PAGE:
It is a court case gone way off the tracks, with lawyers lawyering up, witnesses taking the Fifth, and those mouthy radio shock jocks fading into the background.
So what's the most absurd moment so far in this MJ vs. Bubba legal sideshow, besides, well, pretty much the whole thing?
So hard to pick.
Maybe it's Stephen Diaco, the kind of lawyer you could sooner imagine hitting the courthouse without his clothes than his cell phone, and also young Melissa Personius, of a generation for which a cell phone is a must-have accessory — each plumb forgetting their cell phones the day they were called to testify!
And not because there might have been incriminating evidence of calls made the night opposing council, C. Phillip Campbell, got arrested for DUI, either. Or, calls afterward when Personius was left with Campbell's briefcase of trial documents in her car.
No, maybe the most absurd was at the end of Crazy Day in court, after the trial was upended by allegations of lawyerly after-hours sabotage via a sleazy setup at a swanky downtown bar. "It's like a South Park episode," shock jock/defendant Bubba the Love Sponge Clem sniffed to reporters. "And I'm quite frankly getting a little tired of it."
Well, sure. Clearly, Bubba was eager to get back to the more dignified business of slaughtering pigs on the air, giving away breast enhancements and repeatedly calling a rival's wife a "whore."
By now we know the tawdry tale, though there's still much we don't, that started with one radio mouth suing another for being a jerk (and you thought it was in the job description). Best I hoped for early on: Jury says Bubba was indeed less than a gentleman and finds for Todd "MJ" Schnitt, then awards Schnitt a single dollar for this big fat waste of everyone's time.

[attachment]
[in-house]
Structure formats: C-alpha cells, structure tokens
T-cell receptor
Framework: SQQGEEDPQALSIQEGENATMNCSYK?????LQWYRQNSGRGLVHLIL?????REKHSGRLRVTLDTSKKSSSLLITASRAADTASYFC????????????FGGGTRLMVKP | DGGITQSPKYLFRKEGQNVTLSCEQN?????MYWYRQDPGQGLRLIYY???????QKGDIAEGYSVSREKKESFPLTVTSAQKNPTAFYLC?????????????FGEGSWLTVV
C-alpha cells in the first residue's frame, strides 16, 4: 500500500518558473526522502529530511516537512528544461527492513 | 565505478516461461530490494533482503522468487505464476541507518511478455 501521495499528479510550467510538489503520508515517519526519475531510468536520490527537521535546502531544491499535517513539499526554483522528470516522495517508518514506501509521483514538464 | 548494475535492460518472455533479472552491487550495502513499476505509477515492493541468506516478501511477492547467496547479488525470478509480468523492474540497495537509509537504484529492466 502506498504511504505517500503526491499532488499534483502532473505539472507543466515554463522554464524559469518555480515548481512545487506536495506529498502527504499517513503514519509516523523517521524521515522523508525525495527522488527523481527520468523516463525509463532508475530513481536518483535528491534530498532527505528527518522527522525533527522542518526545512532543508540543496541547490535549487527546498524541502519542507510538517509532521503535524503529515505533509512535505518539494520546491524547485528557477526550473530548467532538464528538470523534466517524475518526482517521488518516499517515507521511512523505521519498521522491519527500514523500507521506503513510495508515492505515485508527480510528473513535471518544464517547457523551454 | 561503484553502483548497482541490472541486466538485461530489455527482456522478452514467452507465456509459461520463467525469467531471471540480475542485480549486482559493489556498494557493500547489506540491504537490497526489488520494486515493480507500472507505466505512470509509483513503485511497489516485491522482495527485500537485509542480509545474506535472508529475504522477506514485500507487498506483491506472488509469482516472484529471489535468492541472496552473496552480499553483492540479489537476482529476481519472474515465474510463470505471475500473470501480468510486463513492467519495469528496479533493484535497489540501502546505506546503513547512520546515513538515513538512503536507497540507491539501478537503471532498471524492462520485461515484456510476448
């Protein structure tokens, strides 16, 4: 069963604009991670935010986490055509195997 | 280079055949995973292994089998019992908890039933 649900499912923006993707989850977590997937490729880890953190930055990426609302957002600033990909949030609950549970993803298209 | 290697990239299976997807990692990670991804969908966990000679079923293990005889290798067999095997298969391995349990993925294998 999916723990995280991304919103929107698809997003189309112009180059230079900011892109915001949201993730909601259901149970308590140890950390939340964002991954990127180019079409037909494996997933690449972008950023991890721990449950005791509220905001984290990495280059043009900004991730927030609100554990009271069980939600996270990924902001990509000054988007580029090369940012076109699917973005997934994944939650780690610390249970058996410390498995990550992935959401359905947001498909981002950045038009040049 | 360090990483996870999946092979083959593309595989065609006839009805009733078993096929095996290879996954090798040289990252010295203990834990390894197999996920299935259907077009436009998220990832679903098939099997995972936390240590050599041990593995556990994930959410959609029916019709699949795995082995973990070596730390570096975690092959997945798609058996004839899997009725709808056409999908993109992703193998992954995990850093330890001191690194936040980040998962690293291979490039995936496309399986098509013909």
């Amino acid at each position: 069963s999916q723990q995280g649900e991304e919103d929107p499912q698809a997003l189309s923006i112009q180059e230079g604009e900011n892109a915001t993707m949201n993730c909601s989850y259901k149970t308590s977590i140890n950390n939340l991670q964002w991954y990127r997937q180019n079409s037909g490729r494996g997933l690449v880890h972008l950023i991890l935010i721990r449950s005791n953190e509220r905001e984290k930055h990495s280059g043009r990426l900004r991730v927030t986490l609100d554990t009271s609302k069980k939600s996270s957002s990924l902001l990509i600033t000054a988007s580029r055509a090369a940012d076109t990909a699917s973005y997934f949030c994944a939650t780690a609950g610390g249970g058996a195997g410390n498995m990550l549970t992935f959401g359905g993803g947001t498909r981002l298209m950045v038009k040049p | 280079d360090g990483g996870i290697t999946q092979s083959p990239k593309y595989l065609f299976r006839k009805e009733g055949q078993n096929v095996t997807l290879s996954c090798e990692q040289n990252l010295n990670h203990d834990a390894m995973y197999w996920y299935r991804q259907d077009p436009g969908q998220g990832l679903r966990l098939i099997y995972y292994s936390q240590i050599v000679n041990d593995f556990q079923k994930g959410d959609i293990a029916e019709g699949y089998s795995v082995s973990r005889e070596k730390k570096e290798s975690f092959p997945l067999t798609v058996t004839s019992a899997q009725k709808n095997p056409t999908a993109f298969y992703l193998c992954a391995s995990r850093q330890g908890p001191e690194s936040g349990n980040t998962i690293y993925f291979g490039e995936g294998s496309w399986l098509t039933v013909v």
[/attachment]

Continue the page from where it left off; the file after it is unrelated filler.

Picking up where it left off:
In the parlance of the kind of low-rent drama this has become, it's got legs — legs enough to get our town a raise of the eyebrow this week from no less than George Stephanopoulos on Good Morning America.
Just before lawyer Campbell got popped midtrial for DUI, turns out this pretty woman showed up at Malio's, bought him drinks and ultimately asked him to drive her car, the allegations went. And the cutie turns out to be a legal assistant with opposing counsel Diaco's firm. And the head DUI cop is big pals with a lawyer in opposing counsel's firm.
Speaking of parlance, I have learned the type of setup alleged here is called a "honey trap," in case I ever want to write an episode of Law & Order meets Cops in Tampa.
Whatever could be next?
Diaco, of the firm that employs the aforementioned alleged bar babe and also of the lawyer with the convenient cop friend, is thus far not the subject of investigation by the Florida Bar, nor are other lawyers involved. This seems surprising, since anyone can initiate a complaint, and you can't swing a cat around here without hitting a lawyer understandably outraged over how this reflects on the profession.
The Bar can start its own investigation, but being more a dignified body than a few members might lead you to believe, they may be waiting for the official courtroom circus to be over before the next begins.
Much more to come. Oh, and in that trial, we'll probably get (yawn) a verdict, too.